The prevention of money laundering and combating the financing of terrorism
1 - Introduction
The Regulations impose compulsory requirements and a breach can constitute a criminal offence28. However, within this legal framework of requirements, casinos have flexibility to devise policies, procedures and controls which best suit their assessment of the money laundering, terrorist financing and proliferation financing risks faced by their business. The Regulations require the identification and assessment of money laundering, terrorist financing and proliferation financing risks, and the establishment and maintenance of proportionate policies, procedures and controls to mitigate and manage effectively the risks identified.29
Operators are already expected to manage their operations with regard to the risks posed to the licensing objectives in the Act, and measure the effectiveness of the policies, procedures and controls they have put in place to manage the risks to the licensing objectives. The approach to managing the risks of the operator being used for money laundering, terrorist financing or proliferation financing is consistent with the regulatory requirements.
Most operators manage their commercial or business risks and measure the effectiveness of the policies, procedures and controls they have put in place to manage those risks. A similar approach is appropriate to managing the operator’s regulatory risks, including money laundering, terrorist financing and proliferation financing risks. Existing risk management systems should, therefore, address the regulatory and money laundering and terrorist financing risks, or a separate system should be in place for that purpose. The detail and complexity of these systems will depend on the operator’s size and the complexity of their business.
The risk-based approach involves a number of discrete steps in assessing the most proportionate way to manage and mitigate the money laundering and terrorist financing risks faced by the operator.
These steps require the operator to:
- identify the money laundering, terrorist financing and proliferation financing risks that are relevant to the operator
- design and implement appropriate policies, procedures and controls to manage and mitigate the identified and assessed risks
- monitor and improve the effective operation of these policies, procedures and controls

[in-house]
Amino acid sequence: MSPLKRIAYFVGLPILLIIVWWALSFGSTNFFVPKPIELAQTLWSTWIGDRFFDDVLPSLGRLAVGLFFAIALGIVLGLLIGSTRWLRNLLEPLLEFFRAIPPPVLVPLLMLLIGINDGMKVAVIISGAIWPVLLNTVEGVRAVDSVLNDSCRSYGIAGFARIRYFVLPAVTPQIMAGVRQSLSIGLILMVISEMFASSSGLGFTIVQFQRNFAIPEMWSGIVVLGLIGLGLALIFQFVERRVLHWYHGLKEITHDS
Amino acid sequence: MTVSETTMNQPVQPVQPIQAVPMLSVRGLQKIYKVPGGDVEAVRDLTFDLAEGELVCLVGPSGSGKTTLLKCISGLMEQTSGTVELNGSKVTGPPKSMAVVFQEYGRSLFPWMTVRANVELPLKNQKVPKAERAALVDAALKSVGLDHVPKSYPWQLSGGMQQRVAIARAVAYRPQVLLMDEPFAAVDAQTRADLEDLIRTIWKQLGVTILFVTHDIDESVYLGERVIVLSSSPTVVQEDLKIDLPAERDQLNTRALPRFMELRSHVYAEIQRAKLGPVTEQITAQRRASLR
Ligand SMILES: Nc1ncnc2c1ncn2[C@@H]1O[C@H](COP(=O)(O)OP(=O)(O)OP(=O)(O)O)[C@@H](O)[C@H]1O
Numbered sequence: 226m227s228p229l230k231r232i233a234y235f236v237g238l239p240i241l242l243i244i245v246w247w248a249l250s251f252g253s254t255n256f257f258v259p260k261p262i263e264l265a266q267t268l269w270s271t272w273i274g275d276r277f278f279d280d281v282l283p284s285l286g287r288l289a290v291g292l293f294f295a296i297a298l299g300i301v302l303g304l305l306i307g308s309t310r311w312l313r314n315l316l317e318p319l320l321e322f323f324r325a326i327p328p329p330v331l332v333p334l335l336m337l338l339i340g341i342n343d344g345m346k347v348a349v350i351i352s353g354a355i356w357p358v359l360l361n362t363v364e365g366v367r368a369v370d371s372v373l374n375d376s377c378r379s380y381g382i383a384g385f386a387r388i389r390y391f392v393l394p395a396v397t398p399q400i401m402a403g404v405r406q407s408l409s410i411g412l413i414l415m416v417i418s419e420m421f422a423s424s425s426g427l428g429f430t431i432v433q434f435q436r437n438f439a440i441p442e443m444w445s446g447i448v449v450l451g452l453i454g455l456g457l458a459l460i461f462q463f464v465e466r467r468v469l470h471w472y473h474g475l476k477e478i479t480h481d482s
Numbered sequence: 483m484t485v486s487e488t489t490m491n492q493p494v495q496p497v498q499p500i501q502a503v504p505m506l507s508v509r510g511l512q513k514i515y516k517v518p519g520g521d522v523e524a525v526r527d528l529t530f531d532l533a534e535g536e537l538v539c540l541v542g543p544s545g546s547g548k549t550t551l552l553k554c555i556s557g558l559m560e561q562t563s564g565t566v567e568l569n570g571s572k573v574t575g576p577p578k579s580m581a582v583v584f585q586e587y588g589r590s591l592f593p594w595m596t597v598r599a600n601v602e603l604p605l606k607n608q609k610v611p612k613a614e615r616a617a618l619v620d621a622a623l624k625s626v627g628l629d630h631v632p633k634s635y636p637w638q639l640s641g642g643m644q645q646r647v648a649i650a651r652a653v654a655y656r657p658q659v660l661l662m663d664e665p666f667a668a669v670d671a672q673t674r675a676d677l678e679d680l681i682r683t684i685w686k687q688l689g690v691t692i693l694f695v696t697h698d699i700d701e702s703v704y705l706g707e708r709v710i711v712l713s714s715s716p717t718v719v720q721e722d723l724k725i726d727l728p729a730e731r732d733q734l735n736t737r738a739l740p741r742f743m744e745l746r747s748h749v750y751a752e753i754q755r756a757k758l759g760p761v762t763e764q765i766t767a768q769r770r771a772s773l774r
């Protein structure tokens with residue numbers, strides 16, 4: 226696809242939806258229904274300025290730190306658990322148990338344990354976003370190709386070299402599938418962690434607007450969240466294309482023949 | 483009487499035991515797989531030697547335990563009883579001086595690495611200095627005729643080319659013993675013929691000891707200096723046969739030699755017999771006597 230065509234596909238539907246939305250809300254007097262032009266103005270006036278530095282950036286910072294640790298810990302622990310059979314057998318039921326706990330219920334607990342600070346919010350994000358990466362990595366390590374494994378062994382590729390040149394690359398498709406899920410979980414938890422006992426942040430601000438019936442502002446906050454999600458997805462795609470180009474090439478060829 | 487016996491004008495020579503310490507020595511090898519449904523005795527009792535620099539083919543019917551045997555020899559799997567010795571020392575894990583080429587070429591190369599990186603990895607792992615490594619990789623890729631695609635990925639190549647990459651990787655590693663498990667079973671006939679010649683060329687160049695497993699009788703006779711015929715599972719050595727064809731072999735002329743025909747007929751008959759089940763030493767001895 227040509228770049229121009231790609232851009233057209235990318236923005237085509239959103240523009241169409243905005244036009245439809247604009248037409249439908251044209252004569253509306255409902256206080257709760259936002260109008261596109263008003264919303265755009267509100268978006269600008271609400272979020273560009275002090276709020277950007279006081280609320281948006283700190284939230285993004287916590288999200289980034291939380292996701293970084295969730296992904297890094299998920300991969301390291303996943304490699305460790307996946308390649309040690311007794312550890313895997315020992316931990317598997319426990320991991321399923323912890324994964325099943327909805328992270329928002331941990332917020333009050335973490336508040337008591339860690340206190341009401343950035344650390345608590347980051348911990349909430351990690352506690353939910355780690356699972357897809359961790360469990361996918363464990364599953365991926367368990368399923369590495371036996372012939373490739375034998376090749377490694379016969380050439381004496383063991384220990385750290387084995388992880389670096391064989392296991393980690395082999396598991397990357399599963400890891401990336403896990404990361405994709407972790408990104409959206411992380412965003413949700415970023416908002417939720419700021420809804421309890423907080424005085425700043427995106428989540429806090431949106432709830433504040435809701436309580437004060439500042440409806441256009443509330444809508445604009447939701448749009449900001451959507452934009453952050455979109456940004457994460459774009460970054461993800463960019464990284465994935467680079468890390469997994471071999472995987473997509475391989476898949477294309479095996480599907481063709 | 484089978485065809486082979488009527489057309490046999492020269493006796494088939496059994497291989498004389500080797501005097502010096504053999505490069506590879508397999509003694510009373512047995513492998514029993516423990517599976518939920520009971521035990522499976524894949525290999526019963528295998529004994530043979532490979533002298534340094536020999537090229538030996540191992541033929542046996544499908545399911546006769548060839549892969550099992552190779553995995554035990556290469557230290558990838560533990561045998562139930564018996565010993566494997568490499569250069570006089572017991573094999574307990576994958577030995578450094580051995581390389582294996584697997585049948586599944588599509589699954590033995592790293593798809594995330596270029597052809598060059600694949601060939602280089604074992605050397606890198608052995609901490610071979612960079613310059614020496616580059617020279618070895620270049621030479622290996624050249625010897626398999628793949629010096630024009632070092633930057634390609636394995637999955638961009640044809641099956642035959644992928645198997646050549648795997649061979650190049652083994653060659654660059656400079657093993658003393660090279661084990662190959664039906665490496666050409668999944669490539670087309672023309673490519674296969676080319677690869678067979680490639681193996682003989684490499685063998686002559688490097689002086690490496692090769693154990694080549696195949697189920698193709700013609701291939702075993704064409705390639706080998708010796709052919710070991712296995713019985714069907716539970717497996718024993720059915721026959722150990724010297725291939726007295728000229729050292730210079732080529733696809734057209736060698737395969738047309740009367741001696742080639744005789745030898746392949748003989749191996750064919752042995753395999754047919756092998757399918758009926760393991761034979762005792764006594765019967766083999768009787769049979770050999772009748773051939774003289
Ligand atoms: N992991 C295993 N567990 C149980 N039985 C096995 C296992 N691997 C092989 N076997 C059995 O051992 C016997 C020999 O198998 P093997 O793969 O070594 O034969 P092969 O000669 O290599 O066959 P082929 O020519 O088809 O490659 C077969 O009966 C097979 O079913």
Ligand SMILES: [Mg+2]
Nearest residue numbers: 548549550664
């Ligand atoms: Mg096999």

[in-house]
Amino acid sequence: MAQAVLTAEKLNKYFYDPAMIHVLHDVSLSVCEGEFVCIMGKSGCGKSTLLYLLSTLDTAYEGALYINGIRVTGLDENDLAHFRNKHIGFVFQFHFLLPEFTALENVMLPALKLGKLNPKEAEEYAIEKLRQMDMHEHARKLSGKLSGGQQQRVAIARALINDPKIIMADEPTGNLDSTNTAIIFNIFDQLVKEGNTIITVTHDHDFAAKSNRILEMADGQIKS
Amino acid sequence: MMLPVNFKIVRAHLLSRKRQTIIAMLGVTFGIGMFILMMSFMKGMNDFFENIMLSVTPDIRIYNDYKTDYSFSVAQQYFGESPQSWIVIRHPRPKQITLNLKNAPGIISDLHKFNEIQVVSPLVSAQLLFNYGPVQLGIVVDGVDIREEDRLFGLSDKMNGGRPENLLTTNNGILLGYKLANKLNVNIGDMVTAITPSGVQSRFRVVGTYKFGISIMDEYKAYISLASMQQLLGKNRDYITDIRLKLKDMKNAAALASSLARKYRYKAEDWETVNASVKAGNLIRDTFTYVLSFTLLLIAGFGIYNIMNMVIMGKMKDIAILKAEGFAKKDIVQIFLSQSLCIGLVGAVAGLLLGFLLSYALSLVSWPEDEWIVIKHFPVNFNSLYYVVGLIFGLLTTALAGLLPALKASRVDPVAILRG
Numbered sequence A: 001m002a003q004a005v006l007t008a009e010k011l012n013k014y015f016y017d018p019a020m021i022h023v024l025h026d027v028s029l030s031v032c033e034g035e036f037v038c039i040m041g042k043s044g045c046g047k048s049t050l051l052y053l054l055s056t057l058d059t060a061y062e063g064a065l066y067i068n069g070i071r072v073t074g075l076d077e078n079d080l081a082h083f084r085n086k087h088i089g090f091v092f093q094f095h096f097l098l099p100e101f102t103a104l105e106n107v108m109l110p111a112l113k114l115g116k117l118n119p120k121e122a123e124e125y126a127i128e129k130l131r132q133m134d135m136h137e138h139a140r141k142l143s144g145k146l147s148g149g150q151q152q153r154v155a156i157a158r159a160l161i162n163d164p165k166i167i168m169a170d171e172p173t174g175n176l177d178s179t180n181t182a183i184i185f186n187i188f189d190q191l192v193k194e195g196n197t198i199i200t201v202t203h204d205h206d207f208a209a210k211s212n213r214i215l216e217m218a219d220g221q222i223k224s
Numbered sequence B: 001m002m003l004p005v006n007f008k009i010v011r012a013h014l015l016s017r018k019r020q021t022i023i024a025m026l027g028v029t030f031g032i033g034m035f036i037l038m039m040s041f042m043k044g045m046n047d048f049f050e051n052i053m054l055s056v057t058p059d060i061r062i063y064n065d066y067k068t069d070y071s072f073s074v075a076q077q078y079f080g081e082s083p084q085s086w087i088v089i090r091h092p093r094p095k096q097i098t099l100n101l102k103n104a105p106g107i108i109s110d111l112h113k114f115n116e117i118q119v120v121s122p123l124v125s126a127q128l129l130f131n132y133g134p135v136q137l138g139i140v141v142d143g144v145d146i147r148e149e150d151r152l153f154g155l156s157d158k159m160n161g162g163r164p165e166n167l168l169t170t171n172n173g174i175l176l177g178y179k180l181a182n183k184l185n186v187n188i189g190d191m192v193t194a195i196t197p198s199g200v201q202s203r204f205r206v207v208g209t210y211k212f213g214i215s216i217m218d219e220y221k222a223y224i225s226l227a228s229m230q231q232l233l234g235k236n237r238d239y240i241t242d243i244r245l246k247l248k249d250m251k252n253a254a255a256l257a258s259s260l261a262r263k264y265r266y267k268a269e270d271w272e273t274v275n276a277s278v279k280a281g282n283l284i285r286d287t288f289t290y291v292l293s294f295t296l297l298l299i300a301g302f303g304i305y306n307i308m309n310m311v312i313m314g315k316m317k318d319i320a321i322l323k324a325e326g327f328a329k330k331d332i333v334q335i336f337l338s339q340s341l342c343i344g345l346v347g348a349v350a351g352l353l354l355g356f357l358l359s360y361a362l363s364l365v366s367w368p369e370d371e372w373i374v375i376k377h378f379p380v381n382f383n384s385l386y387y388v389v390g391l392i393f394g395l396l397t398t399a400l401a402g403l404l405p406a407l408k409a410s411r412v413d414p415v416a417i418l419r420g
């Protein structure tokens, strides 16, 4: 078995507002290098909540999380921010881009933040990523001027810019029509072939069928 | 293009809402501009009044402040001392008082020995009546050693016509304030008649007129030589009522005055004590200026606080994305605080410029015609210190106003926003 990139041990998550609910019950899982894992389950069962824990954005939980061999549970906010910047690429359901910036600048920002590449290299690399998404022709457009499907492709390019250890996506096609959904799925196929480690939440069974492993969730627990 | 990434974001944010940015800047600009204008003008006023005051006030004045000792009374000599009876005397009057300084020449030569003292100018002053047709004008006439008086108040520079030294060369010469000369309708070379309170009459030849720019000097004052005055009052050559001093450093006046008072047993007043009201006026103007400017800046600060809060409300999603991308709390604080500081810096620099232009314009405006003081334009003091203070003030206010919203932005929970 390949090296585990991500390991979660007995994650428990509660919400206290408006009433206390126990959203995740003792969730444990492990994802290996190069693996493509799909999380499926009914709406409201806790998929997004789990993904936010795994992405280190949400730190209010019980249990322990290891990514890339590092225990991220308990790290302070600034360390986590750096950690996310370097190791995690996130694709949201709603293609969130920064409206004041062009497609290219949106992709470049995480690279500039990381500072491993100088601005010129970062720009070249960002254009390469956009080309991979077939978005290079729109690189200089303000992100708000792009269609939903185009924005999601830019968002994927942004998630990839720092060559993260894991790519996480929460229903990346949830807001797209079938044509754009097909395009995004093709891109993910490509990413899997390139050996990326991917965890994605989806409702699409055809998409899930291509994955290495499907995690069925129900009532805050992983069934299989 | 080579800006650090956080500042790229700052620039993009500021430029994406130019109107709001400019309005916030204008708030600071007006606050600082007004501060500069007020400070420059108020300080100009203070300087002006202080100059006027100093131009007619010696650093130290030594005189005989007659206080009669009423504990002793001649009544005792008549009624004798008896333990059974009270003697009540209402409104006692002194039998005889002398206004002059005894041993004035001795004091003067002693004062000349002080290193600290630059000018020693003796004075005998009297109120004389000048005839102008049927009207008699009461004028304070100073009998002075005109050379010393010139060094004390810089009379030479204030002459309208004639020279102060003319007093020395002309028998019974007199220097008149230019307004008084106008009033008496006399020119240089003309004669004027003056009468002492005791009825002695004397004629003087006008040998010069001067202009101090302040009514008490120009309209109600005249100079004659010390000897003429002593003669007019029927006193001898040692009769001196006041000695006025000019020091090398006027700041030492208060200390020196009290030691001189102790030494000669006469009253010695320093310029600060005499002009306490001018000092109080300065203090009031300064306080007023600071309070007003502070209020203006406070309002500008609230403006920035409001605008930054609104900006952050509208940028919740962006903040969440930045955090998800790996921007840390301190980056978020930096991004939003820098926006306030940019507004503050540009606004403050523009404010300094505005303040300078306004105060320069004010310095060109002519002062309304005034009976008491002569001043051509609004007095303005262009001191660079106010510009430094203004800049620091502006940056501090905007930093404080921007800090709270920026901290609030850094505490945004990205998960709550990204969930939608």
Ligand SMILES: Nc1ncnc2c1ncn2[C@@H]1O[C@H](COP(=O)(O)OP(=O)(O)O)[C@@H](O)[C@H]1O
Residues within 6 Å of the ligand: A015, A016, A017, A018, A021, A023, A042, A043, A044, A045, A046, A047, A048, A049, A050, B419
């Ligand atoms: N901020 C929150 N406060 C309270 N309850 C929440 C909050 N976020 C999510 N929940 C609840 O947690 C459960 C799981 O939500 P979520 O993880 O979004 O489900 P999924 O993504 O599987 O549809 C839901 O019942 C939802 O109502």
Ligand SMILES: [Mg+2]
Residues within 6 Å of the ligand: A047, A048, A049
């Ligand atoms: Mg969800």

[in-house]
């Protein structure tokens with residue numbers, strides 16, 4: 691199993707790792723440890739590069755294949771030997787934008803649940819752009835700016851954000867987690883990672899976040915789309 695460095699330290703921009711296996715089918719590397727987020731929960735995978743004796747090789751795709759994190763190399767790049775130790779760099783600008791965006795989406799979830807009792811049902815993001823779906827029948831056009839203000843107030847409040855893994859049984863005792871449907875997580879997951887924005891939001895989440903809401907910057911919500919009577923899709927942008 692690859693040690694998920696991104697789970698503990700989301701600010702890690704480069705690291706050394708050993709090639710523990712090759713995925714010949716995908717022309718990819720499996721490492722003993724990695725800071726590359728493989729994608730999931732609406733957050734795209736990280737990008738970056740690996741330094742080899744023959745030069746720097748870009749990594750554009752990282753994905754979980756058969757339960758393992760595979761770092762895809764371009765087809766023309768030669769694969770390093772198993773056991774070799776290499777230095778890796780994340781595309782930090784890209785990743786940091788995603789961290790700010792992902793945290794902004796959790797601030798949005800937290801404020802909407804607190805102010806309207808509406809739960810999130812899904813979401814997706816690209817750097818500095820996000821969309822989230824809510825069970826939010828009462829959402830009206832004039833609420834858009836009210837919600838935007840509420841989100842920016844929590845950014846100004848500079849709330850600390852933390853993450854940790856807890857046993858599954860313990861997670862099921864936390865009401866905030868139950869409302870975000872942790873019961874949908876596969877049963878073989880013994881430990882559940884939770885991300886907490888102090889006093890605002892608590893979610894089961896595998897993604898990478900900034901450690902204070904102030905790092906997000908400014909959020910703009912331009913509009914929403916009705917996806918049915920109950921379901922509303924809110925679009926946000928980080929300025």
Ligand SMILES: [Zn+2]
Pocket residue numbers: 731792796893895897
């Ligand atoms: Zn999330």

- record what has been done and why.
The possibility of gambling facilities being used by criminals to assist in money laundering, terrorist financing or proliferation financing poses many risks for casino operators. These include criminal and regulatory sanctions for operators and their employees, civil action against the operator and damage to the reputation of the operator, leading to a potential loss of business.
Casino operators can offset any burden of taking a risk-based approach with the benefits of having a realistic assessment of the threat of the operator being misused in connection with money laundering, terrorist financing or proliferation financing. It focuses the effort where it is most needed and will have most impact. It is not a blanket one size fits all approach, and therefore operators have a degree of flexibility in their methods of compliance.
A risk-based approach requires the full commitment and support of senior management, and the active co-operation of all employees. It should be part of the casino operator’s philosophy and be reflected in the operator’s policies, procedures and controls. There needs to be a clear communication of the policies, procedures and controls to all employees, along with robust mechanisms to ensure that they are carried out effectively, weaknesses are identified, and improvements are made wherever necessary. Where the casino operator forms part of a larger group of companies, there needs to be sufficient senior management oversight of the management of risk.
The figures in this guidance include a proposed architecture for the risk-based process which operators can adopt as good practice within their businesses. While this architecture represents a suggested approach, it does nonetheless contain elements which are requirements under the Regulations or other financial crime legislation. These requirements are detailed throughout the guidance.
28 Regulation 86.
29 Regulations 18, 18A, 19 and 19A.
Identifying and assessing the risks
Last updated: 30 May 2023
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Updated in line with version 3 of the guidance. References to 'proliferation financing' added.